alfalfa

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alfalfa

an herb that is grown throughout the world.
uses This herb is used for poor appetite, hay fever and asthma, and high cholesterol. It may also be used as a nutrient source.
contraindications Alfalfa is not recommended during pregnancy and lactation, in children, in persons using blood thinners, or in those with known hypersensitivity to it.

alfalfa

A bushy perennial that is a rich source of vitamins C, D, E and K, which is used primarily as animal fodder, though health-food advocates have made many extravagant claims for its use, including cancer treatmnet; alfalfa is administered internally for alcoholism, caries and diabetes, as well as bladder inflammation, gastrointestinal complaints (bloating, constipation, indigestion) and halitosis.

al·fal·fa

(al-fal'fă)
(Medicago sativa) A form of ground cover used as animal feed and as a nutritional supplement in humans. Sometimes eaten in salads. Many drug interactions are reported.
Synonym(s): lucerne, purple medick.
[Sp., fr. Ar. al-fasfasah]

alfalfa,

n Latin name:
Medicago sativa L.; parts used: buds, seeds (budding), entire plant; uses: diuretic, stomach disorders, arthritis, increase blood clotting, treat boils and bites; precautions: pregnancy, patients with lupus erythematosus; can cause hypotension, photosensitivity, and bleeding. Also called
buffalo herb, lucerne, purple medic, or
purple medick.

alfalfa

References in periodicals archive ?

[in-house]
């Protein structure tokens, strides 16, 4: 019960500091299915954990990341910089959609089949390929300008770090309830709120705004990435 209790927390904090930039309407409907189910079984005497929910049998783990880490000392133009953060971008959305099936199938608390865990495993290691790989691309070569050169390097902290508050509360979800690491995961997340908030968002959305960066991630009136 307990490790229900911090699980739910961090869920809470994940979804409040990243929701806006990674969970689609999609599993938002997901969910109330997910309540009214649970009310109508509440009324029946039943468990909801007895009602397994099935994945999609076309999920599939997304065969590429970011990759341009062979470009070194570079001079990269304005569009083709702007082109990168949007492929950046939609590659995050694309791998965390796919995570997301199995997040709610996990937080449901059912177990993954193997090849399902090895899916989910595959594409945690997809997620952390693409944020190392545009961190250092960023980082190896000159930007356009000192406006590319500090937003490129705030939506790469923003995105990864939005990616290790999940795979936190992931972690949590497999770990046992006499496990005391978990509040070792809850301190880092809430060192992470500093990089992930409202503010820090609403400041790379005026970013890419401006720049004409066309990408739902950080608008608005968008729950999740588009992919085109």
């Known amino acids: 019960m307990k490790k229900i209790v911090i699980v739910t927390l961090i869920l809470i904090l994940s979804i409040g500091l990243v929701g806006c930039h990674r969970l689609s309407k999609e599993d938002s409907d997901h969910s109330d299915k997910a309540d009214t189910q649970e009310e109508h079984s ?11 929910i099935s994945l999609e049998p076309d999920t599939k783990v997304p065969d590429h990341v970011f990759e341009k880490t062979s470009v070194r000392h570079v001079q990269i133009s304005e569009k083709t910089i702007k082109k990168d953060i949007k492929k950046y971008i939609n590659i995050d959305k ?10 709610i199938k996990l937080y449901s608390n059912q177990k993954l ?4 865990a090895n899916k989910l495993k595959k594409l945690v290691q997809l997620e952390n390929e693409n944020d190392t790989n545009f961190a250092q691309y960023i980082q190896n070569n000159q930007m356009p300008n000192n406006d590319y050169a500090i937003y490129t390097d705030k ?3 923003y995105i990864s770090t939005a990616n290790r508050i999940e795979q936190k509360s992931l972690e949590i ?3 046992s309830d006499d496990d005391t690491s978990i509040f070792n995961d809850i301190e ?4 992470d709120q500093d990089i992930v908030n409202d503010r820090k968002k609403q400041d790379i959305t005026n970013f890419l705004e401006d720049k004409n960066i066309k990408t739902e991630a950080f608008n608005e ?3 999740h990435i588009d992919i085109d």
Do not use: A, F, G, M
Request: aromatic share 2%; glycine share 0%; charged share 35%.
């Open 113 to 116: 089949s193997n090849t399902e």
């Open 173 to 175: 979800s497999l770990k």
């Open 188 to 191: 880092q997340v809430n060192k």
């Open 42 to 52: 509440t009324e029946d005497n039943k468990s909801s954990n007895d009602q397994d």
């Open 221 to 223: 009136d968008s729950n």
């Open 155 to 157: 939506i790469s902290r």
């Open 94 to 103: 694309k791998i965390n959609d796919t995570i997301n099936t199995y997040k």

Today, the Smiths attribute increased livestock numbers and weight gains without bloat to the fine-stemmed and fine-leaved falcata alfalfa, which they say the cattle prefer.
Ten years ago, scientists at the Cheyenne lab concluded that interseeding available varieties of alfalfa would be a good way to increase forage production and quality.
Then 3 years ago, Schuman visited the Smith ranch and saw the proliferating, interseeded areas of falcata alfalfa.
grown alfalfa varieties have a long, main root--called a taproot--that grows deep into the soil.
Vance says, "We are developing new alfalfa varieties for this changing world in which fertilizers and gasoline may one day be priced out of range or unavailable.
Says Lamb, "We think using alfalfa to produce ethanol on the side is part of the answer to making alfalfa a more profitable plant.
Ethanol production is just one of many ways to make alfalfa a more profitable crop.
For example, bioenergy alfalfa would ensure its profitability by producing a better forage or an industrial product in its leaves.
Unlike corn or soybeans, alfalfa plants are autotetraploid; that is, each trait is determined by genes residing in four chromosomes instead of two.
Over the past 30 years, average alfalfa yield has increased by roughly 1 percent, whereas corn, soybeans, and wheat have enjoyed far greater gains.
For example, along the "arms" of certain alfalfa chromosomes scientists identified thick bands of DNA and protein material called heterochromatin.
Following the conference, participants are encouraged to attend the Mid-America Alfalfa Expo at the nearby Buffalo County Fairgrounds.